The council is negotiating a possible statement that would condemn the coup, call for the military to respect the rule of law and human rights, and immediately release those unlawfully detained, diplomats said. Consensus is needed in the 15-member council for such statements.

China, which has deep ties to the military in Myanmar, has stayed largely quiet, but a diplomat with China's UN mission said it would be difficult to reach consensus on the draft statement.

“We are of the view that any action by the Council should contribute to political and social stability of Myanmar and its peace and reconciliation, avoiding escalating the tension or further complicating the situation,” the diplomat said.

China, backed by Russia, shielded Myanmar from any significant council action after a 2017 military crackdown in Myanmar's Rakhine State sent more than 700,000 Rohingya Muslims fleeing into Bangladesh, where they are still stranded.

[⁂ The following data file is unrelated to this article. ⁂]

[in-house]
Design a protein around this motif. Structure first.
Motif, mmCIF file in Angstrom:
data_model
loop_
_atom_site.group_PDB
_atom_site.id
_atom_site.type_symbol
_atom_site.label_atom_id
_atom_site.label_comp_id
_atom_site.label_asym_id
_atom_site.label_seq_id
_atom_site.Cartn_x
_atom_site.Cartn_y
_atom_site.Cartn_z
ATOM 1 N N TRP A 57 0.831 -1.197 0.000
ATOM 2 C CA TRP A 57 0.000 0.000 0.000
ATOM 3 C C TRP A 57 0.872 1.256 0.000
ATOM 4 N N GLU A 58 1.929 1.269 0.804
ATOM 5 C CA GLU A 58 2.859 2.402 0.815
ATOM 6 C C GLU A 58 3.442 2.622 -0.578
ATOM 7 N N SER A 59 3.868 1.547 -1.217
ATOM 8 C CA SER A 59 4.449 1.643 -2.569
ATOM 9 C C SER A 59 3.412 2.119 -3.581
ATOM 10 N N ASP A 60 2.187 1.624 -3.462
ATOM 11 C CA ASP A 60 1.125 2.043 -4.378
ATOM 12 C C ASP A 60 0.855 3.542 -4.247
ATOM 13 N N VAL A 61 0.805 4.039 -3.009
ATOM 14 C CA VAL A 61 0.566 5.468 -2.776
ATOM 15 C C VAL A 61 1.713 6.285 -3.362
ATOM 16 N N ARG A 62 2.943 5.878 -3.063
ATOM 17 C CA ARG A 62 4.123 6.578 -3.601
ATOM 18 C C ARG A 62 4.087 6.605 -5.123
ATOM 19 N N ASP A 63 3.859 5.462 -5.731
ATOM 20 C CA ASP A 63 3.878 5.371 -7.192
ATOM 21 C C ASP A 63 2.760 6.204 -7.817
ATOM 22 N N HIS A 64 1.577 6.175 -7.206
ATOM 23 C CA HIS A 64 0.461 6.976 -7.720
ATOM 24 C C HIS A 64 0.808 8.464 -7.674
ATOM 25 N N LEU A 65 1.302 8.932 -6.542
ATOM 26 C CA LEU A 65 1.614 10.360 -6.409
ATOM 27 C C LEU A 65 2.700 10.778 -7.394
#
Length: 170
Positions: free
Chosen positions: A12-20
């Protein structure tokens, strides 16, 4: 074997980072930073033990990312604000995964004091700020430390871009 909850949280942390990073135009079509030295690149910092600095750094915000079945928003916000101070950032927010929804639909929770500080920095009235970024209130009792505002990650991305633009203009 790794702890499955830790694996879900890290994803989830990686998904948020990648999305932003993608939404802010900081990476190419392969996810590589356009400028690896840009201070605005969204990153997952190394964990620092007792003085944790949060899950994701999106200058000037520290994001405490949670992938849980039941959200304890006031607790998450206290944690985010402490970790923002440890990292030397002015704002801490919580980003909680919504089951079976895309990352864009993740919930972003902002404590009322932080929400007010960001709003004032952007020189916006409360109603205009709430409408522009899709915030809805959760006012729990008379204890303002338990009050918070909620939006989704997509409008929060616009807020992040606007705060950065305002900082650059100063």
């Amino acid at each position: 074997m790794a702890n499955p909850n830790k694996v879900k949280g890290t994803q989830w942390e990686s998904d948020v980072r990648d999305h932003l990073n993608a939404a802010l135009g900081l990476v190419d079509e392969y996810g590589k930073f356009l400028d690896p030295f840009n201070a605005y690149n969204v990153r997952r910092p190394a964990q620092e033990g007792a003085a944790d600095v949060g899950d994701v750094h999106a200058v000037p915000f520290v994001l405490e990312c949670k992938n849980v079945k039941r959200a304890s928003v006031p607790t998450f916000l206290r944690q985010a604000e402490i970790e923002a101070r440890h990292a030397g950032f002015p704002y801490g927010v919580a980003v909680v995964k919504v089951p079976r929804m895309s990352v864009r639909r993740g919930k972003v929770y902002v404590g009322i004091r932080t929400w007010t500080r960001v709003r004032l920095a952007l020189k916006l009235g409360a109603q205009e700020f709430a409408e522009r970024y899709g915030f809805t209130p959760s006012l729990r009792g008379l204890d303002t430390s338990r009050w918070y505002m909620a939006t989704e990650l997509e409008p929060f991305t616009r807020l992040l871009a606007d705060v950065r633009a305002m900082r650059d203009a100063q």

US state department officials said the takeover had been determined to constitute a coup d'etat, triggering restrictions in foreign assistance. Humanitarian aid, including to the stateless Rohingya, and programmes that promote democracy or benefit civil society would continue.

The Biden administration has threatened to reimpose sanctions on the generals who seized power.

In the biggest public display of anger so far, people in Yangon chanted “evil be gone” in their protests.

“It is a Myanmar tradition to drive away evil or bad karma by beating tin or metal buckets,” said Yangon resident San Tint.

Activist groups issued a flurry of messages on social media urging civil disobedience. Doctors in more than 20 hospitals said they would join a civil disobedience campaign.

“We cannot accept dictators and an unelected government,” said Myo Thet Oo, one participating doctor, who said he would not go to his hospital on Wednesday.

Offline messaging app Bridgefy said it was downloaded more than 1-million times in Myanmar. Activists inside the Southeast Asian country encouraged the download of Bridgefy as a solution to disruptions of phone and internet connections.